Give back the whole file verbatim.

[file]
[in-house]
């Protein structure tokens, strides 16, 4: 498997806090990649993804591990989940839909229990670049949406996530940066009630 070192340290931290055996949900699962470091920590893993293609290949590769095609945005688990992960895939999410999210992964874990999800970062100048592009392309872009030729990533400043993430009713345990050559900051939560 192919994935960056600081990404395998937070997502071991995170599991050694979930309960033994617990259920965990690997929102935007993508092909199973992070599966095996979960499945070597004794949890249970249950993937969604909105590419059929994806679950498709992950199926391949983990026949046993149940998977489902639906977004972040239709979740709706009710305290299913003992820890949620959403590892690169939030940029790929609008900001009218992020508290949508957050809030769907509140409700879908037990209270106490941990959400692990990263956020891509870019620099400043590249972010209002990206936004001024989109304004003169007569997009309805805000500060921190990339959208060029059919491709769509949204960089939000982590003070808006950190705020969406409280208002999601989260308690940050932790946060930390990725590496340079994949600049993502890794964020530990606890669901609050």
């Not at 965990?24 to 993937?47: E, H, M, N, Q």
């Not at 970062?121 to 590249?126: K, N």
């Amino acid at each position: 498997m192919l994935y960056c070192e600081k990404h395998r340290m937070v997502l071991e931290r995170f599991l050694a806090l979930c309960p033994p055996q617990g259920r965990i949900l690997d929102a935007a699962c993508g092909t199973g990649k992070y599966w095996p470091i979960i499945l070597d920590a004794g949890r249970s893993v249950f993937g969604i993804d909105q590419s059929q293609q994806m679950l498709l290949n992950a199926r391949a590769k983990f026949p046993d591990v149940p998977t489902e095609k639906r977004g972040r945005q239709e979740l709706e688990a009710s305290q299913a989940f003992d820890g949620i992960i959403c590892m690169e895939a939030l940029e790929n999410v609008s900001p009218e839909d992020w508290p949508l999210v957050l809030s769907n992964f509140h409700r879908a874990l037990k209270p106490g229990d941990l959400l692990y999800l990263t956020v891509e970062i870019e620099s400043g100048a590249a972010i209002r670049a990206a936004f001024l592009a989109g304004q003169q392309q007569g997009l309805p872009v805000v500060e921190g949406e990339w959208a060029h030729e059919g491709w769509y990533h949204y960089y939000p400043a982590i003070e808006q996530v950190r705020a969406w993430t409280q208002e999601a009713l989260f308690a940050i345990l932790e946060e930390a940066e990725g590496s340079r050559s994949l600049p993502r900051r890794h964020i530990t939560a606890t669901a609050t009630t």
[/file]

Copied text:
[in-house]
């Protein structure tokens, strides 16, 4: 498997806090990649993804591990989940839909229990670049949406996530940066009630 070192340290931290055996949900699962470091920590893993293609290949590769095609945005688990992960895939999410999210992964874990999800970062100048592009392309872009030729990533400043993430009713345990050559900051939560 192919994935960056600081990404395998937070997502071991995170599991050694979930309960033994617990259920965990690997929102935007993508092909199973992070599966095996979960499945070597004794949890249970249950993937969604909105590419059929994806679950498709992950199926391949983990026949046993149940998977489902639906977004972040239709979740709706009710305290299913003992820890949620959403590892690169939030940029790929609008900001009218992020508290949508957050809030769907509140409700879908037990209270106490941990959400692990990263956020891509870019620099400043590249972010209002990206936004001024989109304004003169007569997009309805805000500060921190990339959208060029059919491709769509949204960089939000982590003070808006950190705020969406409280208002999601989260308690940050932790946060930390990725590496340079994949600049993502890794964020530990606890669901609050």
């Not at 965990?24 to 993937?47: E, H, M, N, Q």
């Not at 970062?121 to 590249?126: K, N």
């Amino acid at each position: 498997m192919l994935y960056c070192e600081k990404h395998r340290m937070v997502l071991e931290r995170f599991l050694a806090l979930c309960p033994p055996q617990g259920r965990i949900l690997d929102a935007a699962c993508g092909t199973g990649k992070y599966w095996p470091i979960i499945l070597d920590a004794g949890r249970s893993v249950f993937g969604i993804d909105q590419s059929q293609q994806m679950l498709l290949n992950a199926r391949a590769k983990f026949p046993d591990v149940p998977t489902e095609k639906r977004g972040r945005q239709e979740l709706e688990a009710s305290q299913a989940f003992d820890g949620i992960i959403c590892m690169e895939a939030l940029e790929n999410v609008s900001p009218e839909d992020w508290p949508l999210v957050l809030s769907n992964f509140h409700r879908a874990l037990k209270p106490g229990d941990l959400l692990y999800l990263t956020v891509e970062i870019e620099s400043g100048a590249a972010i209002r670049a990206a936004f001024l592009a989109g304004q003169q392309q007569g997009l309805p872009v805000v500060e921190g949406e990339w959208a060029h030729e059919g491709w769509y990533h949204y960089y939000p400043a982590i003070e808006q996530v950190r705020a969406w993430t409280q208002e999601a009713l989260f308690a940050i345990l932790e946060e930390a940066e990725g590496s340079r050559s994949l600049p993502r900051r890794h964020i530990t939560a606890t669901a609050t009630t």